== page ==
Last Tuesday, 2nd May, Physics students from Poetry travelled to the University of Limerick with Mr Stephen O’Hara to make their final presentations for the Mathematical Modelling project. This project, which is the only one of its kind in the country, is run by James Gleeson, Professor of Industrial and Applied Mathematics at UL and Co-Director of the MACSI Consortium, and our own Stephen O’Hara.
Many hours of preparation had gone into developing our mathematical models, which came together bit by bit as we met each Friday evening under the tutelage of Mr. O’Hara. We received three visits from Professor Gleeson throughout the year: to introduce us to Maths Modelling and present us with the problems; to offer us guidance and advice; and most recently at the end of March to take any final questions and queries and give us an invaluable tutorial in the art of presentation.
On the day, there were four presentations, with three groups presenting their models for maximising efficiency for a lift in multi-storey building, and one group presenting their model for minimising drivers’ cost of refuelling their car. Something that became evident during the project is that there is no correct way to approach a model. Three groups presented a model for the lift problem, with each taking varied approaches and three very different conclusions were reached. This is part of the beauty of working with real-world problems, they are not stated as mathematical problems – they are real world problems – and it is our job to ‘mathematize’ and develop mathematical models describing them.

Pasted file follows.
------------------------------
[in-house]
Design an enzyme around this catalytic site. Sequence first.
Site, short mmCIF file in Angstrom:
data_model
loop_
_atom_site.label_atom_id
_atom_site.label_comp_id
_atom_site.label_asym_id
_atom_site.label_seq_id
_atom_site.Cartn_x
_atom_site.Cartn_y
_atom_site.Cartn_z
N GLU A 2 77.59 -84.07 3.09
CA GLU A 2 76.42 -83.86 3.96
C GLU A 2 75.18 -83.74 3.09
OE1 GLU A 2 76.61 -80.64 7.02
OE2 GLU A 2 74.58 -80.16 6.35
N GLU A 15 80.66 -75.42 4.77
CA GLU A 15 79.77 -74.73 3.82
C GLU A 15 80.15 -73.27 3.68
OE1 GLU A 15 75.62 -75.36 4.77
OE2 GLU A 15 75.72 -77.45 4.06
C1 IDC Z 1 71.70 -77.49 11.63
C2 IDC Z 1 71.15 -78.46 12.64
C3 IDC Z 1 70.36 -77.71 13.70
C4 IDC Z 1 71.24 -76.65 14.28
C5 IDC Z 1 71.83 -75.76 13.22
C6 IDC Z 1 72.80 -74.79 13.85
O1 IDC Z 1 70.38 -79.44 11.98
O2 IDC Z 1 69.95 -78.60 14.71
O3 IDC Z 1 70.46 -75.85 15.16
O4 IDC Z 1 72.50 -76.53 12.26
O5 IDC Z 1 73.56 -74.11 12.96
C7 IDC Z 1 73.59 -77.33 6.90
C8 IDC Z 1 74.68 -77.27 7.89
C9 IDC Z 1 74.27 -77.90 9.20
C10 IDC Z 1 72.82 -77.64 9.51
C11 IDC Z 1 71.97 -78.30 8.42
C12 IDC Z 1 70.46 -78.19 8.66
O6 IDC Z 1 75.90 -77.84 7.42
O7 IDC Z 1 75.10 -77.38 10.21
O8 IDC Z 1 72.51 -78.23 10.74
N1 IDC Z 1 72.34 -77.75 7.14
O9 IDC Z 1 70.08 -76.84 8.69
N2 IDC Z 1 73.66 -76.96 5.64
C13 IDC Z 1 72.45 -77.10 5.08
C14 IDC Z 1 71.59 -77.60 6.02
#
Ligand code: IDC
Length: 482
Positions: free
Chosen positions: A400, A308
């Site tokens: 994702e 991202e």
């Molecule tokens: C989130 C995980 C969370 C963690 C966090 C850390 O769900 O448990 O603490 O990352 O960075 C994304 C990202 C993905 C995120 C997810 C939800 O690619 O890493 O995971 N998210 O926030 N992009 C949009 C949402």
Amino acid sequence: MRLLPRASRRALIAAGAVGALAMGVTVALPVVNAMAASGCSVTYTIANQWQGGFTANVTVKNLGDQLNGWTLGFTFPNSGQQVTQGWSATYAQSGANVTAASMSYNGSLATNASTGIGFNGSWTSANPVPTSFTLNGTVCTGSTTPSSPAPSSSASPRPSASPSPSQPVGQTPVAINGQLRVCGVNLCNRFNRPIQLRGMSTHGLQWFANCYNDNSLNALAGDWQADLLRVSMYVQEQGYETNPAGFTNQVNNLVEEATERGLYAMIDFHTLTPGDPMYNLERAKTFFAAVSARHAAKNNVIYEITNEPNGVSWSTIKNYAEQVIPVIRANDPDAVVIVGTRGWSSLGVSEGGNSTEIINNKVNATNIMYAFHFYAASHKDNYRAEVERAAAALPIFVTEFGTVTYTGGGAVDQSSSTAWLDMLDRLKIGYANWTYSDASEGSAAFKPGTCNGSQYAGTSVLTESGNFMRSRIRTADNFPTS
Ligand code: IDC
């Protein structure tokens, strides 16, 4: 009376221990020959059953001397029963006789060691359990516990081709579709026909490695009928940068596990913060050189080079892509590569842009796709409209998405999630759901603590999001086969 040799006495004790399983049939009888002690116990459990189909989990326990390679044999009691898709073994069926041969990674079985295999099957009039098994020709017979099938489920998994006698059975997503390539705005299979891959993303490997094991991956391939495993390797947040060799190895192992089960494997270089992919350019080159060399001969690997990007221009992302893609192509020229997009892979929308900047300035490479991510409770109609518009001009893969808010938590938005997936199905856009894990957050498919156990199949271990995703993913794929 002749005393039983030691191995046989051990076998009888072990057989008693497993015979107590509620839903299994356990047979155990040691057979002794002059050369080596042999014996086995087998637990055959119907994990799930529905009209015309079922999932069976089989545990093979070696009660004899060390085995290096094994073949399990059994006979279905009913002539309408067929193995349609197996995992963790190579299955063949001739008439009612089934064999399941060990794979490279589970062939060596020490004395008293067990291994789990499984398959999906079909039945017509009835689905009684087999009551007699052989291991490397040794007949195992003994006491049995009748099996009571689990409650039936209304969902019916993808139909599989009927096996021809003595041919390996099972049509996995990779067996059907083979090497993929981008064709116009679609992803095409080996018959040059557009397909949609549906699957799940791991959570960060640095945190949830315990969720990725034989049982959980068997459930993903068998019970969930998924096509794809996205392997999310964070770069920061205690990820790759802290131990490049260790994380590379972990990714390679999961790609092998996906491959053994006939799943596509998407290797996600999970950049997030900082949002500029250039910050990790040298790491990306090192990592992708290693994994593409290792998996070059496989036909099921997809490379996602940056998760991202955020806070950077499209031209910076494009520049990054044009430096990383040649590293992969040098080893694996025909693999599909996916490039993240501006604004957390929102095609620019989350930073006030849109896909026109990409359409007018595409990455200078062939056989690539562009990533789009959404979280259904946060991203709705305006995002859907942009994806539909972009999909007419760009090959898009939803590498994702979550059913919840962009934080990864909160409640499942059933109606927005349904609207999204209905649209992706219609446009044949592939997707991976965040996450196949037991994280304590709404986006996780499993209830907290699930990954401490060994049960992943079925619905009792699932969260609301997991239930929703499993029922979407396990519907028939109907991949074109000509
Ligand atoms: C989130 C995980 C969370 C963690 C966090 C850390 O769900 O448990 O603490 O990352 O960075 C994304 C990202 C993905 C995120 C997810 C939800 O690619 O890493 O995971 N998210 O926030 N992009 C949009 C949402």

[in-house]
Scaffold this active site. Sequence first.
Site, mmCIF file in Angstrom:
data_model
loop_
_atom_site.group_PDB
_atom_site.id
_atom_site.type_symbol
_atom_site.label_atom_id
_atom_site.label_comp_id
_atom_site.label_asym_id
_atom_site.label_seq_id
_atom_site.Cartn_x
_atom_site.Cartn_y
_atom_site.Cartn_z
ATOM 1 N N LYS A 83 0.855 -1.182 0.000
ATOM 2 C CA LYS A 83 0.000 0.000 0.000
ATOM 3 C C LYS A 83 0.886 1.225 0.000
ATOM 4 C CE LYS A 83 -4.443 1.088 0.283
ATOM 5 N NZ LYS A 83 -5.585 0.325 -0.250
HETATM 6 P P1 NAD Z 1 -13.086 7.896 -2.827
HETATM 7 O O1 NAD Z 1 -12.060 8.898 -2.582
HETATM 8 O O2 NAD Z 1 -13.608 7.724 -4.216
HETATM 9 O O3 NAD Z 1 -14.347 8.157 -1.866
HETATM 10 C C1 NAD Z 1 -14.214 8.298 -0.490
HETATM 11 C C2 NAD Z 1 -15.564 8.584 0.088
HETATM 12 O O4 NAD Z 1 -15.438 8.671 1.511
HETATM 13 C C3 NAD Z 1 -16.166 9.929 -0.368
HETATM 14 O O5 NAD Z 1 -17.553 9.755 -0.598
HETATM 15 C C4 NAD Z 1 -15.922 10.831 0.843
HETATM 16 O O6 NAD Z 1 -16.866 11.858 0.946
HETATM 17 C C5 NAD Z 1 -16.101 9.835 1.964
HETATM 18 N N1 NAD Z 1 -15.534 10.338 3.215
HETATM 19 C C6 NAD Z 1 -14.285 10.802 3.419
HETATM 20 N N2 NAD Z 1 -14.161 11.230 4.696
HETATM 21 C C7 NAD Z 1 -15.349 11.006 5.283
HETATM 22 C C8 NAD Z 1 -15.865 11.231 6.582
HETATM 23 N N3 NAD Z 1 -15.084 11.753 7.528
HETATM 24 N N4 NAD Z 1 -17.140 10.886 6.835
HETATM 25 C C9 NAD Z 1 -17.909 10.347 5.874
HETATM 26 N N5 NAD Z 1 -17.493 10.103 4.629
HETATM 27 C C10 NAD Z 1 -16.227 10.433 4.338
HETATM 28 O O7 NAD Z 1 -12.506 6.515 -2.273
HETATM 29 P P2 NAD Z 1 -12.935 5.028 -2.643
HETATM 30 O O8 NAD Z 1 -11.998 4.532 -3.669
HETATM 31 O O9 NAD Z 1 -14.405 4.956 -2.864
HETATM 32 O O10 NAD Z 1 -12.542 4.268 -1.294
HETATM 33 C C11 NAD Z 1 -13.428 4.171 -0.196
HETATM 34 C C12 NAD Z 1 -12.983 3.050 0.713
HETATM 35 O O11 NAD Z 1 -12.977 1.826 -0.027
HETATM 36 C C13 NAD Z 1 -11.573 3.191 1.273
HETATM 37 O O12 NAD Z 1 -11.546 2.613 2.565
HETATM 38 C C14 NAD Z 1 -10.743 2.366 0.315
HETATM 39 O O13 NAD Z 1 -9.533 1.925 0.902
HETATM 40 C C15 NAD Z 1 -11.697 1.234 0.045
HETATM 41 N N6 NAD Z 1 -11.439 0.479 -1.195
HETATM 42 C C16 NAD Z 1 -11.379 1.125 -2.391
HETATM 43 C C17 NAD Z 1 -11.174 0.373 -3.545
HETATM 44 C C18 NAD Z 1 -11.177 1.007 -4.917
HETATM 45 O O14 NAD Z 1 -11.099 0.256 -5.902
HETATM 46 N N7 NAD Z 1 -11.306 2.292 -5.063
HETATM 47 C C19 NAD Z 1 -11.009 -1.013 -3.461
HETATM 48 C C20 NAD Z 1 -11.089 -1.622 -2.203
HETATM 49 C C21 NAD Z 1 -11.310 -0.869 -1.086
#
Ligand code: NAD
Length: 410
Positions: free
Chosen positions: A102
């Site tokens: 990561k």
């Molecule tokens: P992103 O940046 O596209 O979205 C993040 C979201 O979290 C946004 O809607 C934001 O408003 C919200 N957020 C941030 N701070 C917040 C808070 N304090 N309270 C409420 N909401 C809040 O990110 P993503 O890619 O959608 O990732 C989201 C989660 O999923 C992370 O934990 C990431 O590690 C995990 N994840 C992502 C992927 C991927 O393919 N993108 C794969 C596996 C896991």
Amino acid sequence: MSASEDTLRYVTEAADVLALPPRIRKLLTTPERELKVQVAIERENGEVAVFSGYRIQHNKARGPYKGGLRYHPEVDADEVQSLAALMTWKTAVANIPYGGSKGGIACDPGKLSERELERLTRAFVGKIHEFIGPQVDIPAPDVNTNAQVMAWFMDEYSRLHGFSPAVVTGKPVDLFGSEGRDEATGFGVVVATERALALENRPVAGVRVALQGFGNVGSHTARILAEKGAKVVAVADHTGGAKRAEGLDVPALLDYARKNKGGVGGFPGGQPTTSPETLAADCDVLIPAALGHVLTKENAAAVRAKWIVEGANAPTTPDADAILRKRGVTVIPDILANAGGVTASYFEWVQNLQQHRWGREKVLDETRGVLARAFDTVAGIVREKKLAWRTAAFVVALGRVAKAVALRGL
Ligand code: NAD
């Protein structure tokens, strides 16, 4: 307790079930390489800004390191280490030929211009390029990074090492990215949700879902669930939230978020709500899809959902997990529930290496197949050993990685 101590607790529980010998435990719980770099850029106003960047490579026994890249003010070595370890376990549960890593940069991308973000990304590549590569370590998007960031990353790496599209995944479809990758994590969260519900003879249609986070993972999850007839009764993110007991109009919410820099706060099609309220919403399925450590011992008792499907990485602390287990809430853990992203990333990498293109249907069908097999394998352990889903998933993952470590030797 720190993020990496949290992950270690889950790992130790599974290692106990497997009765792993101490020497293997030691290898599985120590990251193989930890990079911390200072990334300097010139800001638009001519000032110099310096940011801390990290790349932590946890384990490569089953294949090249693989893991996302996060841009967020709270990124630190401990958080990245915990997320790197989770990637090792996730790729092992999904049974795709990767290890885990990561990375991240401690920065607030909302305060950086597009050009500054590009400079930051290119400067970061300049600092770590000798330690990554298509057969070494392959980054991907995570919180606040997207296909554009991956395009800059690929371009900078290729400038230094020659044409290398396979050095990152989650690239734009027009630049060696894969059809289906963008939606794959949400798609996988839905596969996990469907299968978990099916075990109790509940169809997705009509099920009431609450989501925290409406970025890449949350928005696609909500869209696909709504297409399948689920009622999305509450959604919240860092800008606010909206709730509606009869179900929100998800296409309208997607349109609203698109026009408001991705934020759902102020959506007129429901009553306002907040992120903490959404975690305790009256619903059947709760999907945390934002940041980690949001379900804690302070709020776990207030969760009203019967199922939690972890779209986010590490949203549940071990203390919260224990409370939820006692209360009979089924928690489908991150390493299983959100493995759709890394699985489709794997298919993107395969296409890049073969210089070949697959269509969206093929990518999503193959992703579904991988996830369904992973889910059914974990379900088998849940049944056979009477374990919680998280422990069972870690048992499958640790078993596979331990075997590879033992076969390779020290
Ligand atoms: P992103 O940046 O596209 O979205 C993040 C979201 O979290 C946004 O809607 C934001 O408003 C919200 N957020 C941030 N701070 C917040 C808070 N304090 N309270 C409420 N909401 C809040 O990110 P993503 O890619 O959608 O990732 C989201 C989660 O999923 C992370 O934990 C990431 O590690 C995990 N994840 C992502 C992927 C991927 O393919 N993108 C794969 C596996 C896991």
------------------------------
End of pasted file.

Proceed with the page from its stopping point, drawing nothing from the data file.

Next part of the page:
It was fascinating to see the different approaches each group took to solving their problem. The project calls on students to use many kinds of tools, with the group working on the petrol problem designing and developing an application to help motorists decide when and where to refuel. After each group had made their ten minute presentation, the floor was opened for questions to the professors, which included Professor Steven O’Brien, the other director of the MACSI consortium, lecturers and postgraduate students in attendance, and these questions challenged the groups on their knowledge of their models and information in relevant areas.
Huge thanks to Mr O’Hara for the massive amount of time and effort he has put into the project throughout the year, and to Professor Gleeson for giving up his invaluable time to facilitate the project and host us in UL.
Jack O’Sullivan (Poetry)